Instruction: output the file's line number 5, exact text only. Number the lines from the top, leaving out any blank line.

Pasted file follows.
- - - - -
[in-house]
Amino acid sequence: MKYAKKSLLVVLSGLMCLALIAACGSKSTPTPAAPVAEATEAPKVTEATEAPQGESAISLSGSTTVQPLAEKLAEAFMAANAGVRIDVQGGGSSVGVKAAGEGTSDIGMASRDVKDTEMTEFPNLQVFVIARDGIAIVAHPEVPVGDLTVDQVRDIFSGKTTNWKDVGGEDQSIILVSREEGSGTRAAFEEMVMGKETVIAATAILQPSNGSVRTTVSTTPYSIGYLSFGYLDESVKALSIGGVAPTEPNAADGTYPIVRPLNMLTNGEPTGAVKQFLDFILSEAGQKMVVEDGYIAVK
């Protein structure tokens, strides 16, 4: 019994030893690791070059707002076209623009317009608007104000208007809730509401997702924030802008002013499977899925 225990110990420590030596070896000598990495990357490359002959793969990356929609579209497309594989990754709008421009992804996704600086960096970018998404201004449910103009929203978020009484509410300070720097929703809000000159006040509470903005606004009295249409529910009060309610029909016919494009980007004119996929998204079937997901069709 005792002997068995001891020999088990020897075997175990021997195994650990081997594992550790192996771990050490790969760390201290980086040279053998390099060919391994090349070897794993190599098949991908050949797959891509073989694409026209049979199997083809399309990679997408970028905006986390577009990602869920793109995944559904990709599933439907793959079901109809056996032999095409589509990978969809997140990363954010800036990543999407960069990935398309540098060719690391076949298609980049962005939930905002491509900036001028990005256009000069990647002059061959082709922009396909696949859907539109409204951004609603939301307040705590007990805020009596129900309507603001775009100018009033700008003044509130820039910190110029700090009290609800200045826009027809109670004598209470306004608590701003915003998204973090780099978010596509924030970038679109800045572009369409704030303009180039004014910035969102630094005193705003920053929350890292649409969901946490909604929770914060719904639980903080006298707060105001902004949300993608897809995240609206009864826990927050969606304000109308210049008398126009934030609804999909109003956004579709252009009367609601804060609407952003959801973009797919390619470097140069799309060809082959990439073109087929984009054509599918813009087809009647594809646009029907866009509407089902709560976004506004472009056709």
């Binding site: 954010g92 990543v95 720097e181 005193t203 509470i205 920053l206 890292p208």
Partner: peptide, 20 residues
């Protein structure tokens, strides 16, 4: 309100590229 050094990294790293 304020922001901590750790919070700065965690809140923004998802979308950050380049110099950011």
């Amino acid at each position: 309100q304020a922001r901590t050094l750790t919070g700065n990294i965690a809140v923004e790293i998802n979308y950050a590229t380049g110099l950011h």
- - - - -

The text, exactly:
Partner: peptide, 20 residues